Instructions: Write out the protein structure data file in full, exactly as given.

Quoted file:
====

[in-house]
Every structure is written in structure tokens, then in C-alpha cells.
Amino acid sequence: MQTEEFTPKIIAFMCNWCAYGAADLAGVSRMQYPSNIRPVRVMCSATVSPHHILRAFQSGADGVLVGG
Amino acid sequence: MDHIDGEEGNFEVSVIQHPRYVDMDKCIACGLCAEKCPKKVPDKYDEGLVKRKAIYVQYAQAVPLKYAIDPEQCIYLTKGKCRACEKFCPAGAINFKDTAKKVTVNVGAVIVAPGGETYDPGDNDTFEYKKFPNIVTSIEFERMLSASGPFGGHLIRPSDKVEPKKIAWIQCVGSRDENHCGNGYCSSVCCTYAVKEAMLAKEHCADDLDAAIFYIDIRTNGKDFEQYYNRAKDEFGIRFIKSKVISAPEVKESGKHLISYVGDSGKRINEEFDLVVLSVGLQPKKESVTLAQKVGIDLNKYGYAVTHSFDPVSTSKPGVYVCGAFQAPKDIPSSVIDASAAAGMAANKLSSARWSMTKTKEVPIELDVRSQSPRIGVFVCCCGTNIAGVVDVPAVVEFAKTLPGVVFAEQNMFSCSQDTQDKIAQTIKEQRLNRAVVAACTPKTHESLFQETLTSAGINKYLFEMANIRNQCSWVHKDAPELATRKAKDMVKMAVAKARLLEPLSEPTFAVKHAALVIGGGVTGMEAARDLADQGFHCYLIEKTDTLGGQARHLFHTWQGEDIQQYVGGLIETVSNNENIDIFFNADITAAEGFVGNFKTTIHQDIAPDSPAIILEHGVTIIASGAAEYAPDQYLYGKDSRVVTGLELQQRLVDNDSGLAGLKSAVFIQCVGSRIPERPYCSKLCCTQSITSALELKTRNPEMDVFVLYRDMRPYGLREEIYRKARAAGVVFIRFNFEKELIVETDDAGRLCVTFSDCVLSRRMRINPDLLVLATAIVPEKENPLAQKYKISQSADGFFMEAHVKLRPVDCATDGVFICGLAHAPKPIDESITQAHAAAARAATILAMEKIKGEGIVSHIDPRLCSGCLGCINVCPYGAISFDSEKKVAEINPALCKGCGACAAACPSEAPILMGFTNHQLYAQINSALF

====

[in-house]
Every structure is written in structure tokens, then in C-alpha cells.
Amino acid sequence: MQTEEFTPKIIAFMCNWCAYGAADLAGVSRMQYPSNIRPVRVMCSATVSPHHILRAFQSGADGVLVGG
Amino acid sequence: MDHIDGEEGNFEVSVIQHPRYVDMDKCIACGLCAEKCPKKVPDKYDEGLVKRKAIYVQYAQAVPLKYAIDPEQCIYLTKGKCRACEKFCPAGAINFKDTAKKVTVNVGAVIVAPGGETYDPGDNDTFEYKKFPNIVTSIEFERMLSASGPFGGHLIRPSDKVEPKKIAWIQCVGSRDENHCGNGYCSSVCCTYAVKEAMLAKEHCADDLDAAIFYIDIRTNGKDFEQYYNRAKDEFGIRFIKSKVISAPEVKESGKHLISYVGDSGKRINEEFDLVVLSVGLQPKKESVTLAQKVGIDLNKYGYAVTHSFDPVSTSKPGVYVCGAFQAPKDIPSSVIDASAAAGMAANKLSSARWSMTKTKEVPIELDVRSQSPRIGVFVCCCGTNIAGVVDVPAVVEFAKTLPGVVFAEQNMFSCSQDTQDKIAQTIKEQRLNRAVVAACTPKTHESLFQETLTSAGINKYLFEMANIRNQCSWVHKDAPELATRKAKDMVKMAVAKARLLEPLSEPTFAVKHAALVIGGGVTGMEAARDLADQGFHCYLIEKTDTLGGQARHLFHTWQGEDIQQYVGGLIETVSNNENIDIFFNADITAAEGFVGNFKTTIHQDIAPDSPAIILEHGVTIIASGAAEYAPDQYLYGKDSRVVTGLELQQRLVDNDSGLAGLKSAVFIQCVGSRIPERPYCSKLCCTQSITSALELKTRNPEMDVFVLYRDMRPYGLREEIYRKARAAGVVFIRFNFEKELIVETDDAGRLCVTFSDCVLSRRMRINPDLLVLATAIVPEKENPLAQKYKISQSADGFFMEAHVKLRPVDCATDGVFICGLAHAPKPIDESITQAHAAAARAATILAMEKIKGEGIVSHIDPRLCSGCLGCINVCPYGAISFDSEKKVAEINPALCKGCGACAAACPSEAPILMGFTNHQLYAQINSALF